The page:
11th October 2010
The might of the regulatory assault on our freedoms creates fertile ground for a wide array of views about conspiracy. Conspiracy goes on, about that there can be no doubt, given the word at its simplest level describes the acts of a small number of individuals working against the interests of the majority. At the ANH, we often say, why bother with ‘conspiracy theory’ when, in so many important areas, there is no need to be theoretical given the sheer abundance of available facts!
With the huge challenges that are bombarding the natural health sector on a daily basis, and our ability to take responsibility for our own health being consistently eroded, finding sources of reliable information is vital. There was much confusion last year with a key date allied to the Food Supplements Directive was mistaken for an international Codex Alimentarius initiative. Although an amazing portal for the gathering of information, the Internet unfortunately also creates the opportunity for dissemination of misinformation and disinformation. We understand just how difficult it sometimes is to discriminate between fact and fiction – especially when the messages are often emotive or fear-based. With this ANH-Intl alert we hope to dispel some of the current myths seemingly doing the rounds regarding the relevance of the 1st April 2011 date when it comes to bans on natural health in Europe.
So where does the date come from? The date—ironically April Fool’s Day 2011—represents one day after the end of the transition phase of the EU Traditional Herbal Medicinal Products Directive (THMPD). The THMPD exists as a sub-Directive of the Human Medicinal Products Directive, and was originally intended to be a fast-track licensing system for a wide variety of traditional herbal products, including those of non-European origin. These include the super-traditions of Ayurveda, associated with the Indian subcontinent and that of traditional Chinese medicine (TCM). Both are of more than 4,000 years standing. The directive was originally implemented in 2004, but the lengthy 7-year transition period has lulled many into thinking that the April 2011 date marks the implementation of a new directive. This is not the case.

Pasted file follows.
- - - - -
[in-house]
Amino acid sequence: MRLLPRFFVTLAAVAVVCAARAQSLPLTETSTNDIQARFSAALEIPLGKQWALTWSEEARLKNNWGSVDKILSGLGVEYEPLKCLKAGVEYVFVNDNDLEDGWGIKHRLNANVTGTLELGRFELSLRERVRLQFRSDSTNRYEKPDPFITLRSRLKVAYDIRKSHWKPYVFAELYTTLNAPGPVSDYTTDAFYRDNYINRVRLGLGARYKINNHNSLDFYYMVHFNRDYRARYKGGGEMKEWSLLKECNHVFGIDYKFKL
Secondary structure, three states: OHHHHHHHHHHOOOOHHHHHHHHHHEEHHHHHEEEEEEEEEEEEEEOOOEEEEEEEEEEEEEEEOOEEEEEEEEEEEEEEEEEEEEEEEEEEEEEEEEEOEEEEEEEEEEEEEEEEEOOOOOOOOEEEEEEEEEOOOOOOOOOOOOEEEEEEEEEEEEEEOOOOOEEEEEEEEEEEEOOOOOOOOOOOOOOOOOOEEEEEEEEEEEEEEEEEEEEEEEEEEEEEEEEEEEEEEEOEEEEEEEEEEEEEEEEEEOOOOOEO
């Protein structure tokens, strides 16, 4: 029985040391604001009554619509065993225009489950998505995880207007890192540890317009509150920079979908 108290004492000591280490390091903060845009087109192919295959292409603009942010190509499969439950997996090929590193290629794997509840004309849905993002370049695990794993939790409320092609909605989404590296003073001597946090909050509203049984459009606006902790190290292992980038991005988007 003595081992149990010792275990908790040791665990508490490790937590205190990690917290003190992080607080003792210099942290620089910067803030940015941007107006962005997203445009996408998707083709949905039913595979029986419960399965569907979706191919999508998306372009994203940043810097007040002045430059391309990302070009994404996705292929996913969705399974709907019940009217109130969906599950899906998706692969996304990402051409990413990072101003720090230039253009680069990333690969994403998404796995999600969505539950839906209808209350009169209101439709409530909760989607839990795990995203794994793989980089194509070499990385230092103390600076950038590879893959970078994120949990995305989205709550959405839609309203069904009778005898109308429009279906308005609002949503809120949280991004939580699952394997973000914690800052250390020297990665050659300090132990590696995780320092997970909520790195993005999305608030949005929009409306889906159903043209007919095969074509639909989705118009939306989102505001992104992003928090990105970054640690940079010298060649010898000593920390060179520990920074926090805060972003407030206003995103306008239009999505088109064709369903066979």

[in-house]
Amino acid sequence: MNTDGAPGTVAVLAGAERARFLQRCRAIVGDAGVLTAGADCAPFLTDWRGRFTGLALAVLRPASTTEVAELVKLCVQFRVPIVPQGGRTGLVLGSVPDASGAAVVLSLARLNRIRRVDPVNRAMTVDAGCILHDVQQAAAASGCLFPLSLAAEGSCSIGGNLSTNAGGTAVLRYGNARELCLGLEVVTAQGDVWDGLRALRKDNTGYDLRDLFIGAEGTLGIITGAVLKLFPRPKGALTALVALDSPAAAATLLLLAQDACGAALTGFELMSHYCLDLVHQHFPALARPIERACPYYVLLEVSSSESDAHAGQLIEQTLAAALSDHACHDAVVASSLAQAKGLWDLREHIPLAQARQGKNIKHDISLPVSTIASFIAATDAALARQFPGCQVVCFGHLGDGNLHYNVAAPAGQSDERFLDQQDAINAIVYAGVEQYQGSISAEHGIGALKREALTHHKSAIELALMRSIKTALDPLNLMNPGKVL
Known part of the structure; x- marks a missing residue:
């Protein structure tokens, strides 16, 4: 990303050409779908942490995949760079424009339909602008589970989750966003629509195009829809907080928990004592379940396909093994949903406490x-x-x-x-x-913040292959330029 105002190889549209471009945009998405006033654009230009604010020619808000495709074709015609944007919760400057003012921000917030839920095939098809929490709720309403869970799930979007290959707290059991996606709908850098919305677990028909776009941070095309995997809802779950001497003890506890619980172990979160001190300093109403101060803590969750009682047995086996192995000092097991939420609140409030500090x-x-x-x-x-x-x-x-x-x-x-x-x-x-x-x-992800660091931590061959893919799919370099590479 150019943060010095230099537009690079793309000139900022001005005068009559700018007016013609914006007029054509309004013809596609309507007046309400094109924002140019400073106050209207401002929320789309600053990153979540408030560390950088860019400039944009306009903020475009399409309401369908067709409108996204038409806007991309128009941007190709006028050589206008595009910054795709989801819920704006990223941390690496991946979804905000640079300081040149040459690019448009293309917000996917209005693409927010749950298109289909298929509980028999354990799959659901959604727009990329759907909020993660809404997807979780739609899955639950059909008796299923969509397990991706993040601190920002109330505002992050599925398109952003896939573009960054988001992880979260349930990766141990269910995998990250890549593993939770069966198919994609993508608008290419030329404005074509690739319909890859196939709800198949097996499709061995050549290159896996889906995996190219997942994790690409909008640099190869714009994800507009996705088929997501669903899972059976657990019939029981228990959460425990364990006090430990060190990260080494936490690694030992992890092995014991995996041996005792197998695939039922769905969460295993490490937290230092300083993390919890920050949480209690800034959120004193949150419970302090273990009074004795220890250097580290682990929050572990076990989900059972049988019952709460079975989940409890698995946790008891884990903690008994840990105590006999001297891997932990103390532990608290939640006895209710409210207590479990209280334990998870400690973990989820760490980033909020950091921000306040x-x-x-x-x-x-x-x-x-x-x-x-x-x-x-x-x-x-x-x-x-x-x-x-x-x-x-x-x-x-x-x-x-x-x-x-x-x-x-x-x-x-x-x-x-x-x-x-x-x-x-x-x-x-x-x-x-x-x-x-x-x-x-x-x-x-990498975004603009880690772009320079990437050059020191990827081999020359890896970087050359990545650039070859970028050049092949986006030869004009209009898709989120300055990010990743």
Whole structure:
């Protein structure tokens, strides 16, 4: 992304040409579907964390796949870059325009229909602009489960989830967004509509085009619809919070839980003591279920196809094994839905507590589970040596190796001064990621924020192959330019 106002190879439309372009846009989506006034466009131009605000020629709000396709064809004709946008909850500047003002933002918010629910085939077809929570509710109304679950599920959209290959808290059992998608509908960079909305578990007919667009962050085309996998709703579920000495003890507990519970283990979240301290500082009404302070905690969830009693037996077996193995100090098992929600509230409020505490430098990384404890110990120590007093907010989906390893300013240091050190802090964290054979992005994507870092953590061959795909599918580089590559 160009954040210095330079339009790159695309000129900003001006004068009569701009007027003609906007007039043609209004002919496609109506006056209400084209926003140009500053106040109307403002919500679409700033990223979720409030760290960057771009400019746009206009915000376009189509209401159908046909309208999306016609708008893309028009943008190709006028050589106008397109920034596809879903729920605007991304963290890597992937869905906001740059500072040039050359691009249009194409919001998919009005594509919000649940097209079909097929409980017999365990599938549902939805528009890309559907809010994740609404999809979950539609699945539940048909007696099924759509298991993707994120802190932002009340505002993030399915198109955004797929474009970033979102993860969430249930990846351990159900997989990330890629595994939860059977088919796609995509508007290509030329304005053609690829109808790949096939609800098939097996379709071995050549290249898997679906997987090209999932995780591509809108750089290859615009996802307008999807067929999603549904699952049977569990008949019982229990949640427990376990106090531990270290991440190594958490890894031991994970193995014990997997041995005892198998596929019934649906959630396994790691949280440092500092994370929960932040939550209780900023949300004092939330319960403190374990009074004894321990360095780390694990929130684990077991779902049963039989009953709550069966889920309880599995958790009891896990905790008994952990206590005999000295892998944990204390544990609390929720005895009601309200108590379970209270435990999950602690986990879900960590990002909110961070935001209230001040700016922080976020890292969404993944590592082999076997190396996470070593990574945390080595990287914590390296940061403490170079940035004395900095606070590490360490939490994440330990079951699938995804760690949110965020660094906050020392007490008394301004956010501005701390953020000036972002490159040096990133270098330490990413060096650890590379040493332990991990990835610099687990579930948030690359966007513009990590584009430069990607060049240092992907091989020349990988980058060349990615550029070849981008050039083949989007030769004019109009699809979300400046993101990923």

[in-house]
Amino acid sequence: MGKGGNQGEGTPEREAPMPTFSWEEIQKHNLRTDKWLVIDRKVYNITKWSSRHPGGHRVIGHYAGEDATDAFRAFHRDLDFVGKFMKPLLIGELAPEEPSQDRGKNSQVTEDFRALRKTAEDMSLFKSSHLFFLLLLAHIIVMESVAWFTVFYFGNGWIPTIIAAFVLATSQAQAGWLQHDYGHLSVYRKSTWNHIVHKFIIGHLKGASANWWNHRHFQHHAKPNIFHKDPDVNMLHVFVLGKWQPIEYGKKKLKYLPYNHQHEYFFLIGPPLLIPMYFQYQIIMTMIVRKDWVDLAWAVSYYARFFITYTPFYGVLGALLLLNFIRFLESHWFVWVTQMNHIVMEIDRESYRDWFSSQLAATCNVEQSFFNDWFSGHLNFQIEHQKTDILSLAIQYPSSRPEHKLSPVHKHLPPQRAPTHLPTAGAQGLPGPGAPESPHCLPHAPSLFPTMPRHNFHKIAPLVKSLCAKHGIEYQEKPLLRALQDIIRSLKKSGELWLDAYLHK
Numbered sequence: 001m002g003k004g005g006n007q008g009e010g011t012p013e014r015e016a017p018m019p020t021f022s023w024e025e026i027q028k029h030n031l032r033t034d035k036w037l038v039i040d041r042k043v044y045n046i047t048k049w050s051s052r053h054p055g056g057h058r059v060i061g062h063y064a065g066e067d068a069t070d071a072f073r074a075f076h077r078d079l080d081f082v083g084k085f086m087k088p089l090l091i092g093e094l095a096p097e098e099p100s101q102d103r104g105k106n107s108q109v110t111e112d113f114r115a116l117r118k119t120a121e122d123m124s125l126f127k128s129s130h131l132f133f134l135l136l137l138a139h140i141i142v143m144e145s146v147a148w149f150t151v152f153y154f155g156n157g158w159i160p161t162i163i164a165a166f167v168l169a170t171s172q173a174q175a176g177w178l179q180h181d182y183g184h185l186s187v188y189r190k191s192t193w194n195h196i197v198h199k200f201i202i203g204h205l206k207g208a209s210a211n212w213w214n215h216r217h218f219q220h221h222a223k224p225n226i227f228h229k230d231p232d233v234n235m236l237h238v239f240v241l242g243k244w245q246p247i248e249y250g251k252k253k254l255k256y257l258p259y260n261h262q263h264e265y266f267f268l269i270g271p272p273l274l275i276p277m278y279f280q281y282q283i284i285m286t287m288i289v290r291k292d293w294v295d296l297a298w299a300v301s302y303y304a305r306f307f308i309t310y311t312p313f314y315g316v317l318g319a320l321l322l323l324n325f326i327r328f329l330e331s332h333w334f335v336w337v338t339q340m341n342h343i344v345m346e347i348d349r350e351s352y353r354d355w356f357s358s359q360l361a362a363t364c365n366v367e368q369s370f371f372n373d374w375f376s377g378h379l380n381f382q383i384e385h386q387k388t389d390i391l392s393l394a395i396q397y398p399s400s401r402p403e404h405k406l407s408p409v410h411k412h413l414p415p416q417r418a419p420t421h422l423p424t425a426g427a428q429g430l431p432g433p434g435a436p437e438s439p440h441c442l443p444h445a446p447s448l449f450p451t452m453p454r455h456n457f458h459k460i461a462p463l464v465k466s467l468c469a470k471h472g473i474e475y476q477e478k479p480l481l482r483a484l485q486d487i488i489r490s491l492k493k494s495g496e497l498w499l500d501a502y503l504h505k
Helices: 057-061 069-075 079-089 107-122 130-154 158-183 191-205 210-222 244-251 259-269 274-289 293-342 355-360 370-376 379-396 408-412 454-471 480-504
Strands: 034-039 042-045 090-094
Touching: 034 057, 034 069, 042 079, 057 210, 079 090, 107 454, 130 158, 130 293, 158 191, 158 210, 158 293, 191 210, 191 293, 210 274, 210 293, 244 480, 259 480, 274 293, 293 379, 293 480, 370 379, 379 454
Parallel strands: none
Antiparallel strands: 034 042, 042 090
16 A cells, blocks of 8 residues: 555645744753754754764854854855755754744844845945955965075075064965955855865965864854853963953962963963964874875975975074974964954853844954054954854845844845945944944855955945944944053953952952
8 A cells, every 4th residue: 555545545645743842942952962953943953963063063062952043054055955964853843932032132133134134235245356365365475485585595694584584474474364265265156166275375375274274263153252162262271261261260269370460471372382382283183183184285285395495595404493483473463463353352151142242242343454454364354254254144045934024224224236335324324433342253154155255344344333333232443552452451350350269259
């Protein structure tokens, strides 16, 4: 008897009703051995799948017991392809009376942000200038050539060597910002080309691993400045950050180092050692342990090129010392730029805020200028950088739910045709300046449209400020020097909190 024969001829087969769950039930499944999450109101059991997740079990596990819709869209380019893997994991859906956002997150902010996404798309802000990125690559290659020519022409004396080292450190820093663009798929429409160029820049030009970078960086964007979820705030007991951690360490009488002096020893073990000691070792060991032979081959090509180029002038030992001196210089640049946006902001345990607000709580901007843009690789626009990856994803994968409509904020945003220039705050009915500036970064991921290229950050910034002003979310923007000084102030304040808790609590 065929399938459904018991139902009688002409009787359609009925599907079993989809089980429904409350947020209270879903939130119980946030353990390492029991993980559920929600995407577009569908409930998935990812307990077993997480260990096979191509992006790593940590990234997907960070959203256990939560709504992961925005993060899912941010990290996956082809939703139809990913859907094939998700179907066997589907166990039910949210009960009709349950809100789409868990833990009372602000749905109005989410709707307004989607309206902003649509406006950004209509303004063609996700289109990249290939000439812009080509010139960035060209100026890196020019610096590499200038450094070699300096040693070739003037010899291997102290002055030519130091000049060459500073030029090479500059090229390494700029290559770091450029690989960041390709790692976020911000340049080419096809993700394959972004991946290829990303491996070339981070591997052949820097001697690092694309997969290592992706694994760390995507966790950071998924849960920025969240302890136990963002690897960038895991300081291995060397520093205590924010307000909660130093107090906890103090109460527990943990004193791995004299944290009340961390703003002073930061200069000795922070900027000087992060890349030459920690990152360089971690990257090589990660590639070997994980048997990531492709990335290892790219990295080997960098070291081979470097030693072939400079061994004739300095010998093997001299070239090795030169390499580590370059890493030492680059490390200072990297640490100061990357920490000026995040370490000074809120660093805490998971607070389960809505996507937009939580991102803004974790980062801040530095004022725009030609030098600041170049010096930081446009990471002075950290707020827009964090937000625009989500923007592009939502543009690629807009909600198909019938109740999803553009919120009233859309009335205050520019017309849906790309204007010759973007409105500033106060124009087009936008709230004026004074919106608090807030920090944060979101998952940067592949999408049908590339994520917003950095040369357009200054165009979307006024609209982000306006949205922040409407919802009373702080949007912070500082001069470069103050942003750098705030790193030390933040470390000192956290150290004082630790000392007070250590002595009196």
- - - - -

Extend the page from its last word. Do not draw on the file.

Many herbalists, practitioner associations and consumers initially welcomed the THMPD thinking that it would provide a safe harbour for traditional herbal products, used safely for decades. Unfortunately the ANH has always seen the writing on the wall with this directive and only now at the eleventh hour are others beginning to wake up to the harsh reality. With less than 6 months before the full implementation of THMPD there are currently no registrations granted for products from non-European traditions such as Ayurveda, Unani, Tibetan, South-East Asian, and Chinese medicine—all being traditions that are thousands of years old and are relied upon by many as part of their everyday healthcare.
For further detail about THMPD
On the 22nd March 2010 the ANH-Intl announced their intent to challenge the THMPD through the courts. Since then we have joined forces with the European group, the European Benefyt Foundation in order to challenge the THMPD and help re-shape the legal framework set to decimate the availability of traditional herbal medicinal products, particularly from Chinese and Indian origin.
The joint strategy involves three primary initiatives;
Read the joint ANH/Benefyt position paper (10 page)
Read the joint ANH/Benefyt abbreviated position paper (4 page)
Read the ANH summary of the key challenges to natural methods of healthcare in Europe
ANH Nurture Traditional Medicinal Cultures campaign page
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